Since the tax man seems to be involved in every financial transfer imaginable, you may assume that your family will be forced to pay some type of estate taxes. We are glad to be able to tell clients that in fact, most people do not have to worry about this form of taxation. However, those who do are facing a maximum rate of 40% that can have a very serious impact.
In this post, we will provide five key pieces of information about death taxes that will give you a basic but broad understanding of the relevant facts.
Estate Tax Exclusion
The reason why the majority of Americans do not have to be concerned about the federal estate tax is because there is an exclusion that is larger than most estates. At the time of this writing in 2019, the exclusion is $11.4 million.
If your estate is valued at less than this amount, you are in the clear. Any portion of an estate that exceeds this exclusion would potentially be subject to the estate tax before transfers are distributed.
This figure in the vicinity of $11 million was put into place as a result of a tax overhaul that went into effect in 2018. Previously, the exclusion was about half of that so the exclusion amount can be changed via legislative mandate.
As estate planning attorneys, we have to stay up to date on these issues, and this is one of the reasons why you should schedule estate plan reviews periodically. A significant change in the exclusion amount can be a cause for revisions in some instances.
Provisions for Married Couples
Ever since 2011, the estate tax has been portable between spouses. This means that if you predecease your spouse, the survivor could use your exclusion along with their own. Using the figures in place right now, this would equate to a total exclusion of $22.8 million for the couple.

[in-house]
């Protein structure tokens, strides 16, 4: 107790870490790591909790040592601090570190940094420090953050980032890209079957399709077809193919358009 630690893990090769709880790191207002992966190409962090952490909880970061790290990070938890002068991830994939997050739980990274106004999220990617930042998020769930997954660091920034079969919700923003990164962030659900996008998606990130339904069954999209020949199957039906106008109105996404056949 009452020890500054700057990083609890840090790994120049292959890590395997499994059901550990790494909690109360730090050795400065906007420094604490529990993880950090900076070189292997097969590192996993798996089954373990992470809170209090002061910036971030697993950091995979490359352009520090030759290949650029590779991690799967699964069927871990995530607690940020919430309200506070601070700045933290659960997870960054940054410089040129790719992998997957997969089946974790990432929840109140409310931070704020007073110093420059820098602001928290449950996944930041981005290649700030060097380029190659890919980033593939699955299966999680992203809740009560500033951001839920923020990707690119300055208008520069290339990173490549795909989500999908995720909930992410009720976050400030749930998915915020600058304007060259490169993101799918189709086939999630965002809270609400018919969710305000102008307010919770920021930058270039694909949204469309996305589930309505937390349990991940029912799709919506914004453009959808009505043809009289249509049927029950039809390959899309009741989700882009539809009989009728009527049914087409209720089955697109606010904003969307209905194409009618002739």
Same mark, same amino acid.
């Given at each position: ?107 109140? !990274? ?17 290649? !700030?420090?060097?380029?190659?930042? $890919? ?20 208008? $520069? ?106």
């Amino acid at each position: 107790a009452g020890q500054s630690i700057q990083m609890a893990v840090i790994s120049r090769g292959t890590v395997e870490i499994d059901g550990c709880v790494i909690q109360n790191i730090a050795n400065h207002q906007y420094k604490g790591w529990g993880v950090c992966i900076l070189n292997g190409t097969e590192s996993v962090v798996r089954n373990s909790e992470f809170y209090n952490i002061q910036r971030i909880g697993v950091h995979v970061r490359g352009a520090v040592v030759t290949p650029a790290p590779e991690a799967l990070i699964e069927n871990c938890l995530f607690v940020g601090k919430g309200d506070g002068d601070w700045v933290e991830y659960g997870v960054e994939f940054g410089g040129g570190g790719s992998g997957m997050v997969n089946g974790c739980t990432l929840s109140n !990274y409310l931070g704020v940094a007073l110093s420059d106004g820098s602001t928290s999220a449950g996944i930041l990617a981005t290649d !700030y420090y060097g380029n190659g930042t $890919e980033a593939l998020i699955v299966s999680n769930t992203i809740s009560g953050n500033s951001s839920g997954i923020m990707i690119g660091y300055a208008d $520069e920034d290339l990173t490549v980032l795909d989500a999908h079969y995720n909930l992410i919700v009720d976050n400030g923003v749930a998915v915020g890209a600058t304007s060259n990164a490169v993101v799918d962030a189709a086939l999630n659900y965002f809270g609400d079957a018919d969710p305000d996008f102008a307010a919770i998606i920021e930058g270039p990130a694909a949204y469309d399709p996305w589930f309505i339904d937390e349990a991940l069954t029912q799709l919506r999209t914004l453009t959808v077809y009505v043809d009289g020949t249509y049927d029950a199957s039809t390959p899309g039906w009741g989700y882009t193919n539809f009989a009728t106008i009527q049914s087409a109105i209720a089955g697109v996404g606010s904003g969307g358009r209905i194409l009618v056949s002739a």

The estate tax is potentially applicable on transfers to anyone, regardless of the relationship with the exception of your spouse. As long as you and your spouse are American citizens, you can transfer unlimited assets to one another free of taxation.
Federal Gift Tax
You cannot simply give gifts to your loved ones while you are living to get around the federal estate tax. There is a gift tax in place as well, and it is unified with the estate tax so the $11.4 million exclusion that we have this year applies to your estate along with large lifetime gifts.
This gift tax does not come into play on every gift-giving holiday or special event because there is an additional $15,000 per person annual exclusion. You can give this amount to an unlimited number of people during a calendar year before you would start using any of your unified federal/estate tax exclusion.
State-Level Estate Taxes
There are quite a few states in the union that levy estate taxes on the state level. We have offices in North Carolina and Kentucky, and we are fortunate, because there are no estate taxes that are specific to these states. However, if you own property in a state with an estate tax, you should look into their laws because you could face exposure.
It is important to note that the state level exclusions are typically much lower than the federal exclusion.
An estate tax is applied to the taxable portion of an estate before the assets are transferred to the heirs. Inheritance taxes are a different form of taxation. This tax applies to transfers to each nonexempt beneficiary so, technically, an estate could be exposed to an estate tax and an inheritance tax.
There is no federal inheritance tax, and there are only a handful of states with state-level inheritance taxes. Kentucky is one of them, but transfers to your closest relatives (surviving spouses, parents, children, grandchildren and siblings) are completely exempt.
Schedule a Consultation!
We are here to help if you would like us to review your existing documents or help you put an initial estate plan in place. You can send us a message to request a consultation appointment, and we can be reached by phone at 704-944-3245 in North Carolina (Charlotte, NC or Huntersville, NC) and 606-324-5516 in Ashland, Kentucky, or 859-372-6655 in Florence, Kentucky.